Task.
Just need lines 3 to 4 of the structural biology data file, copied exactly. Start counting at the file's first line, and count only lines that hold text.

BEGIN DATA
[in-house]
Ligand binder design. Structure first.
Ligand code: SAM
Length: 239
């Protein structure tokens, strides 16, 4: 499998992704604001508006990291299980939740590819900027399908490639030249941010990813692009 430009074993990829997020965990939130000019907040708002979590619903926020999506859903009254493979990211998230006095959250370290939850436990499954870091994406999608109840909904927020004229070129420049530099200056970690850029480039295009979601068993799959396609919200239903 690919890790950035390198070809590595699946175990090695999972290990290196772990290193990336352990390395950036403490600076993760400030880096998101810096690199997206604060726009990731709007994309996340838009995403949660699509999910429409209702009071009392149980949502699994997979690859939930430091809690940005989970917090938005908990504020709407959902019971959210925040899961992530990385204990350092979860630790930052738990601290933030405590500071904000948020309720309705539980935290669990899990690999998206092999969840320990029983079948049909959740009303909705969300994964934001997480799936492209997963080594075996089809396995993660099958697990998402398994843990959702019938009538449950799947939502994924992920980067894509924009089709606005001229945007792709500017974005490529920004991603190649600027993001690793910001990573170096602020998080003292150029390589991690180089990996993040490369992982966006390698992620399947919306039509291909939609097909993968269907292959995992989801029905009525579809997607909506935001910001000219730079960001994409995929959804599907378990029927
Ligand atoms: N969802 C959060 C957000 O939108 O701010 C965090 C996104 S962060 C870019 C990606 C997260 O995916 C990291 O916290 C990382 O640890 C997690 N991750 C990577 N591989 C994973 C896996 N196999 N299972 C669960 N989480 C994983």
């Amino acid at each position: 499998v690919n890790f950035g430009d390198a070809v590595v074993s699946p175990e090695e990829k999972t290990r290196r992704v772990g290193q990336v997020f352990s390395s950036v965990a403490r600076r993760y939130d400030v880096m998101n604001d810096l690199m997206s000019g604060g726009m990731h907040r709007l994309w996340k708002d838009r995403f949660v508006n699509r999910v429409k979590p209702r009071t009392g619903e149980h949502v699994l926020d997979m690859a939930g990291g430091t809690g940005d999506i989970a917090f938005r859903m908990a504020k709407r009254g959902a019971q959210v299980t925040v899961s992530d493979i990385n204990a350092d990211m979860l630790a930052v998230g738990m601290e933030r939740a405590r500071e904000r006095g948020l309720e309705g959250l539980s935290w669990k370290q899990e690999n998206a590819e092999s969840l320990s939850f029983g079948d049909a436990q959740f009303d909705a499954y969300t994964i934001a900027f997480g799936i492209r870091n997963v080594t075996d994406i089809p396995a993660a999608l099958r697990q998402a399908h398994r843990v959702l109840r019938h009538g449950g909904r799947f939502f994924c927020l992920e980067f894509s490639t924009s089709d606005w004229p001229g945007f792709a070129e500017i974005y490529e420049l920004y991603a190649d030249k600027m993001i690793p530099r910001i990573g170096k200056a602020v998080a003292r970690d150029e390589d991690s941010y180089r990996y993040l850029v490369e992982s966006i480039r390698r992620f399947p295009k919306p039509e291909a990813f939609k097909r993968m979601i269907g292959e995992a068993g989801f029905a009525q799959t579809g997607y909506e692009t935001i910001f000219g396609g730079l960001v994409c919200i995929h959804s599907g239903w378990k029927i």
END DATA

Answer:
Ligand code: SAM
Length: 239